The Ocean Economy and Innovation

Promoting sustainable seas and oceans with innovation

The world’s seas and oceans are under increasing pressure, both from a growing range and intensity of economic activities, as well as from climate change. The OECD Directorate for Science, Technology and Innovation (STI) has launched an original programme of work on the Ocean Economy and Innovation with the objective to provide decision-makers with an improved toolbox to foster innovation for harnessing the ocean economy’s potential in a responsible and sustainable way.

Selected Publications

ocean economy

Steering Board Members

BEL Department of Economy, Science and Innovation, Flemish Government

DEU German Marine Research Consortium (KDM) 

DNK Danish Maritime Authority

ESP Oceanic Platform of the Canary Islands (PLOCAN)

IRL Marine Institute

ITA Stazione Zoologica Anton Dohrn

KOR Korea Marine Institute (KMI)

NOR The Research Council

PRT DGPM / FCT

UK/SCOT Marine Scotland Science, Scottish Government

USA National Oceanic and Atmospheric Administration

(other memberships underway)

Activities in 2017-18

The OECD project on The Ocean Economy and Innovation builds on the findings from a major OECD / STI project on The Future of the Ocean Economy: Exploring the prospects for emerging ocean industries to 2030This two-year activity (2017-18) contributes to broader priorities of the OECD Committee on Science and Technology Policy (CSTP) (e.g. digitalisation, emerging technologies for addressing grand challenges) and is managed by the IPSO Unit (Innovation Policies for Space and Oceans). A follow-up programme is already anticipated for 2019-2020.

Background: The ocean economy’s long-term potential in terms of growth and job creation cannot be fully realised unless more effective steps are taken to improve integrated ocean management -- including ecosystem preservation -- at local, regional, national and international level. That in turn will require significant progress in innovation and new thinking in many areas – in science, technology, R&D, manufacturing, infrastructural design, consultation and decision-making processes, institutional co-operation, and last but not least, in the policy mix that governments implement to support and encourage innovative capacity in the ocean economy more broadly.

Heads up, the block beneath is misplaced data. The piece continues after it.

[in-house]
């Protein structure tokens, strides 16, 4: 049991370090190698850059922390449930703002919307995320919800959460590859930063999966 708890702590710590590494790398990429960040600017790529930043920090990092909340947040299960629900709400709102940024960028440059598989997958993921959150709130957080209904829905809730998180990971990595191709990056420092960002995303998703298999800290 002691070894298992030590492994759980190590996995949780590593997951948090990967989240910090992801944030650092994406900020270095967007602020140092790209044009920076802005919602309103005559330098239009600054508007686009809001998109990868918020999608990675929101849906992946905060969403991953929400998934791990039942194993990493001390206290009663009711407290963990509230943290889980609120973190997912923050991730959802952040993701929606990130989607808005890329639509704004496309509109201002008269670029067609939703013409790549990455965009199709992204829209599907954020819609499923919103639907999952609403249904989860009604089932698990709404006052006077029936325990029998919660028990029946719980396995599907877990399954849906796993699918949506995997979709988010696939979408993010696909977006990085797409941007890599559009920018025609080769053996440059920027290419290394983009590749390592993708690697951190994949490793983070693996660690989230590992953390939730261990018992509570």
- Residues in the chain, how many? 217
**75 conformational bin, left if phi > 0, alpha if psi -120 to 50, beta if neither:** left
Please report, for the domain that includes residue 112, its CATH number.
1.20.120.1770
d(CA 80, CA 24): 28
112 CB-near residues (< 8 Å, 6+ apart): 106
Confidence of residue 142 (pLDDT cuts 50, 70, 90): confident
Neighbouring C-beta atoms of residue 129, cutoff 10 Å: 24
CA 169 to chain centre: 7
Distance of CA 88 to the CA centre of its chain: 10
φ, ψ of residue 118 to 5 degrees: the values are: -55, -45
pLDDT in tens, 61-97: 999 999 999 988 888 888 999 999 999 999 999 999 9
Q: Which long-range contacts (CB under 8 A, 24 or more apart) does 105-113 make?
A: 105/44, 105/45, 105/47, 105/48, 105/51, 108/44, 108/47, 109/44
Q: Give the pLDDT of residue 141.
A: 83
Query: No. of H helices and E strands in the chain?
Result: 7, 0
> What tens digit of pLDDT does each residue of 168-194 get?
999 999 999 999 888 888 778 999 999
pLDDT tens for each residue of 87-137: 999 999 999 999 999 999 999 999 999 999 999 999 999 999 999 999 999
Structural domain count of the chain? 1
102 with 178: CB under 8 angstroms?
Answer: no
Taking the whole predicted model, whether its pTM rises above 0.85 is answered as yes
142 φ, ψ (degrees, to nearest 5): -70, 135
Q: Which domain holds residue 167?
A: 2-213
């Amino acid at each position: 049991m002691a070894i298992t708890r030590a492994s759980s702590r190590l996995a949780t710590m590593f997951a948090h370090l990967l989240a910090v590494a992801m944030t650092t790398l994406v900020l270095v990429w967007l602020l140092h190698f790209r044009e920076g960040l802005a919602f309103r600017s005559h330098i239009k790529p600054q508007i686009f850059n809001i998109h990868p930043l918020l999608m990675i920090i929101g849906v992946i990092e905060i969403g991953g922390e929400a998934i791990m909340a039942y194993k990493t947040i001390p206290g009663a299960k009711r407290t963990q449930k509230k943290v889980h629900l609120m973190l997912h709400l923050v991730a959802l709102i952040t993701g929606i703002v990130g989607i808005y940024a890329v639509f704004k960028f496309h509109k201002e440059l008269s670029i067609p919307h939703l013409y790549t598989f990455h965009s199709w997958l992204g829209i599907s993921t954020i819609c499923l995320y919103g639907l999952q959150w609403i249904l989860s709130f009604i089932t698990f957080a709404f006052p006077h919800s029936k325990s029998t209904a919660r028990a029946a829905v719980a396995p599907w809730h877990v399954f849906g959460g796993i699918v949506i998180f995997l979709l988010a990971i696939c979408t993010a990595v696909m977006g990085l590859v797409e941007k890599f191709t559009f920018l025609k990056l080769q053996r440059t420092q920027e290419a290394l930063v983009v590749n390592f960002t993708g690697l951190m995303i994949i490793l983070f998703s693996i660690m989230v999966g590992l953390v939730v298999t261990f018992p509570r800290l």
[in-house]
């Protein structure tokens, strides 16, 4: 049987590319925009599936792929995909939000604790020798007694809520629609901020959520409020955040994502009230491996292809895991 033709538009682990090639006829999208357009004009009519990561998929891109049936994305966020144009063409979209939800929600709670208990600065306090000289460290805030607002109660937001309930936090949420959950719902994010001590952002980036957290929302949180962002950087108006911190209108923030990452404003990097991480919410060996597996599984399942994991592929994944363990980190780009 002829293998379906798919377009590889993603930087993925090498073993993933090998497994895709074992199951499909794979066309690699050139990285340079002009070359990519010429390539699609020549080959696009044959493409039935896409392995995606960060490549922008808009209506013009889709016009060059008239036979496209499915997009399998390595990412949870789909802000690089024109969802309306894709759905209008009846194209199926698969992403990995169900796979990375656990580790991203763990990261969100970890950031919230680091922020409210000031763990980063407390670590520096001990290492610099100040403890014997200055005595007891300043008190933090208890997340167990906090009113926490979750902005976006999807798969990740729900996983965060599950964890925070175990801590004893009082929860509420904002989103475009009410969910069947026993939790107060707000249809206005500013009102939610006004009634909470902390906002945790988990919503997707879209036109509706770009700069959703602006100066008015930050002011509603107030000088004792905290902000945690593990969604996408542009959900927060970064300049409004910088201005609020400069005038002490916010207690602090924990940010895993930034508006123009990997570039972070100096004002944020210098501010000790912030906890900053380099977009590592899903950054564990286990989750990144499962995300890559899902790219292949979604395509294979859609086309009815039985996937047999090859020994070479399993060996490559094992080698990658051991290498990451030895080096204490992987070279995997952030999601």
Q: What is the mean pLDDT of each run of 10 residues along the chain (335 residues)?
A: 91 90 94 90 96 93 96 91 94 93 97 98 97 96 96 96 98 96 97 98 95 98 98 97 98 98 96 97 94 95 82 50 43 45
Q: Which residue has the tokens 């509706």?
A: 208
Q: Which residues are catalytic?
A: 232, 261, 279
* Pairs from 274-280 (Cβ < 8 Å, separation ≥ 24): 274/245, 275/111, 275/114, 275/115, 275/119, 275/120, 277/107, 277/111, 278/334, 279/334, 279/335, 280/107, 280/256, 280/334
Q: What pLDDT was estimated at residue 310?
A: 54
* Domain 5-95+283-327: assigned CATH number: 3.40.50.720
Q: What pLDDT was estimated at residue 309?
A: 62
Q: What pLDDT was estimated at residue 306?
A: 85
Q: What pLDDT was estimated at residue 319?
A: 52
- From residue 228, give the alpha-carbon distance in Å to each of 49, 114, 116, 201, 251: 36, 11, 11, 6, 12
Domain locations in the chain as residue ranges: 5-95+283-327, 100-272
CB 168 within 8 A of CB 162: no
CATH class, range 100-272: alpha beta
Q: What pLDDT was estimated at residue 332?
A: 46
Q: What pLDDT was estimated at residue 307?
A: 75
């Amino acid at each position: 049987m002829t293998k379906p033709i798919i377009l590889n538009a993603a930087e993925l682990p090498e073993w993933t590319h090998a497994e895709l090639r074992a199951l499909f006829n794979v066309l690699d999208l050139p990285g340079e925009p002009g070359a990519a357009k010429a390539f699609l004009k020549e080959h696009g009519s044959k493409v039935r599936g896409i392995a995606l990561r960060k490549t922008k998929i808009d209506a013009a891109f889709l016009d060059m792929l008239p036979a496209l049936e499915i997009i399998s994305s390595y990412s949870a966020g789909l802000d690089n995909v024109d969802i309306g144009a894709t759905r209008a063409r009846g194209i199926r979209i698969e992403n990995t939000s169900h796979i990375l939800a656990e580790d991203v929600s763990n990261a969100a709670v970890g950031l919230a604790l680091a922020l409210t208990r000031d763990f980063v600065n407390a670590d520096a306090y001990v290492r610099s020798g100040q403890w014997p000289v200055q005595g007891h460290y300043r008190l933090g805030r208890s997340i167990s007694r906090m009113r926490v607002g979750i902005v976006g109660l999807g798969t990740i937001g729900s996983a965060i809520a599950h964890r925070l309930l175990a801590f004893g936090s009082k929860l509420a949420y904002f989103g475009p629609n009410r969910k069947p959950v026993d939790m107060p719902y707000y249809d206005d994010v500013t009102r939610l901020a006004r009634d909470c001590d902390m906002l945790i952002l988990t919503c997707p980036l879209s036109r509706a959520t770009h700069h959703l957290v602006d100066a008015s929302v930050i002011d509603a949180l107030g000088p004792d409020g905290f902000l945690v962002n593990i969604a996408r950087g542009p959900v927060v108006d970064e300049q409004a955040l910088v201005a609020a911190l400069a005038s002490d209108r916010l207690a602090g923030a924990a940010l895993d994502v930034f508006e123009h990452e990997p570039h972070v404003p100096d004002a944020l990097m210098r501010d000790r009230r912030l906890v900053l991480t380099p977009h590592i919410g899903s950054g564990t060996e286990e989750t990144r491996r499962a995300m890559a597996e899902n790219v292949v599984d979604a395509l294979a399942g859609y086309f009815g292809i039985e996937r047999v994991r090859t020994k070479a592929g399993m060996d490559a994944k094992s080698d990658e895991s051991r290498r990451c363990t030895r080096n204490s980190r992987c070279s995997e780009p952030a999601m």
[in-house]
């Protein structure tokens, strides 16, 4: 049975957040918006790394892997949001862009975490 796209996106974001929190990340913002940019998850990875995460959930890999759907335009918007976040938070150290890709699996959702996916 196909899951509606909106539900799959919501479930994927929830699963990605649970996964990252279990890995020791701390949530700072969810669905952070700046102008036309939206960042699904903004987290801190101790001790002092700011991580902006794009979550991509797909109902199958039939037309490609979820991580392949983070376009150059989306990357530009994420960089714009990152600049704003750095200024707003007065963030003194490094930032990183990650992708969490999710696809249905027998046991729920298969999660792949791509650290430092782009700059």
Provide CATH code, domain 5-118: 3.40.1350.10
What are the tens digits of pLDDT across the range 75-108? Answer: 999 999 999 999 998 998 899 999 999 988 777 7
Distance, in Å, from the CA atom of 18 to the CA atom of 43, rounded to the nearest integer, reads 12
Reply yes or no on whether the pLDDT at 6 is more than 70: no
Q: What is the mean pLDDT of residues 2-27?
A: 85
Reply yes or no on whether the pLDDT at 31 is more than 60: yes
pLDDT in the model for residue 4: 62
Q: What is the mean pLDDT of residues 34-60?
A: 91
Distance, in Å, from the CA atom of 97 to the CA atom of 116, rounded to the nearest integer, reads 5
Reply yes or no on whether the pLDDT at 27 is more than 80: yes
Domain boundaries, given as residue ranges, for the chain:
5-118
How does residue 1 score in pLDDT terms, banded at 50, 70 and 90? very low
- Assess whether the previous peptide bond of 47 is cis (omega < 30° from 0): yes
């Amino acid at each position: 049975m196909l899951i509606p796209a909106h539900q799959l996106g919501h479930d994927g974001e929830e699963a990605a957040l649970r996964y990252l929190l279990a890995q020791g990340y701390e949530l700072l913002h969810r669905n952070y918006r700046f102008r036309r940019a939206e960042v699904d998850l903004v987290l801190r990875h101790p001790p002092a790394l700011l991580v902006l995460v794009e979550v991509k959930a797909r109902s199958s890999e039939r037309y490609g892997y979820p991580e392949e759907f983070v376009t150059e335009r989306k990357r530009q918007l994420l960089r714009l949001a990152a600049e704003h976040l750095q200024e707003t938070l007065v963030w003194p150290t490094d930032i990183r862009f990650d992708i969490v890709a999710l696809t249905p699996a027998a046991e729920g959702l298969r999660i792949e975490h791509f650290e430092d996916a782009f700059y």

Objective of the project: Provide new evidence-based information to decision-makers as to improve their innovation policy mix for sustainable ocean management. 

ActivitiesThis will be undertaken through a series of expert workshops, research on new OECD indicators, and innovation policy discussions with ocean-related communities around the world (ministries, agencies, academia, foundations, NGOs and the private sector). The activities are organised around four major themes:

  1. i) Exploring the role of scientific advances and enabling technologies in driving innovation in the ocean economy;
  2. ii) Investigating emerging patterns and platforms of collaboration in innovation among different marine and maritime actors in ocean R&D around the world;
  3. iii) Extending the frontiers of the use of economic valuation, analysis and tools further into areas of ocean-related activities; and
  4. iv) Analysing the role of the public sector and the impacts of policy mix in boosting innovation in the ocean economy.
Selected Meetings (in addition to other events organised by Partner organisations):

Contact: Mrs. Anita Gibson, Project Coordinator, IPSO, anita.gibson@oecd.org

News and Events

* On 25-26 October, the OECD Ocean Economy Group contributed a keynote to the "Kormarine Conference 2017" in Busan, Korea. The theme of the conference was "Industry 4.0 and Green Business Creation". 

* On 10-11 October, the Zoological Station Anton Dohrn hosted a workshop in Naples, co-organised with the OECD, with a focus on "Innovation for a sustainable ocean economy: Developing the economic potential of our seas and oceans while preserving and improving ecosystem health". Four major issues for the future of the seas and ocean were discussed: the greening of shipbuilding and marine infrastructures; the decommissioning of marine platforms; the pivotal role of science and technology in enhancing maritime spatial planning; and innovation as the key force driving the potential emergence of a marine ecosystem restoration industry. The workshop saw the assembly of some 50 international participants from leading research centres, the private sector, and intergovernmental organisations. Outcomes from the event feed into current OECD research activities on differing models that will enable the ocean economy by stimulating innovation. 

* On 7-8 September, the OECD Deputy Secretary General Douglas Frantz was in Lisbon, Portugal, to deliver remarks on OECD’s multi-disciplinary approach to the ocean economy, at the Ministerial Meeting on the Ocean and Human Health.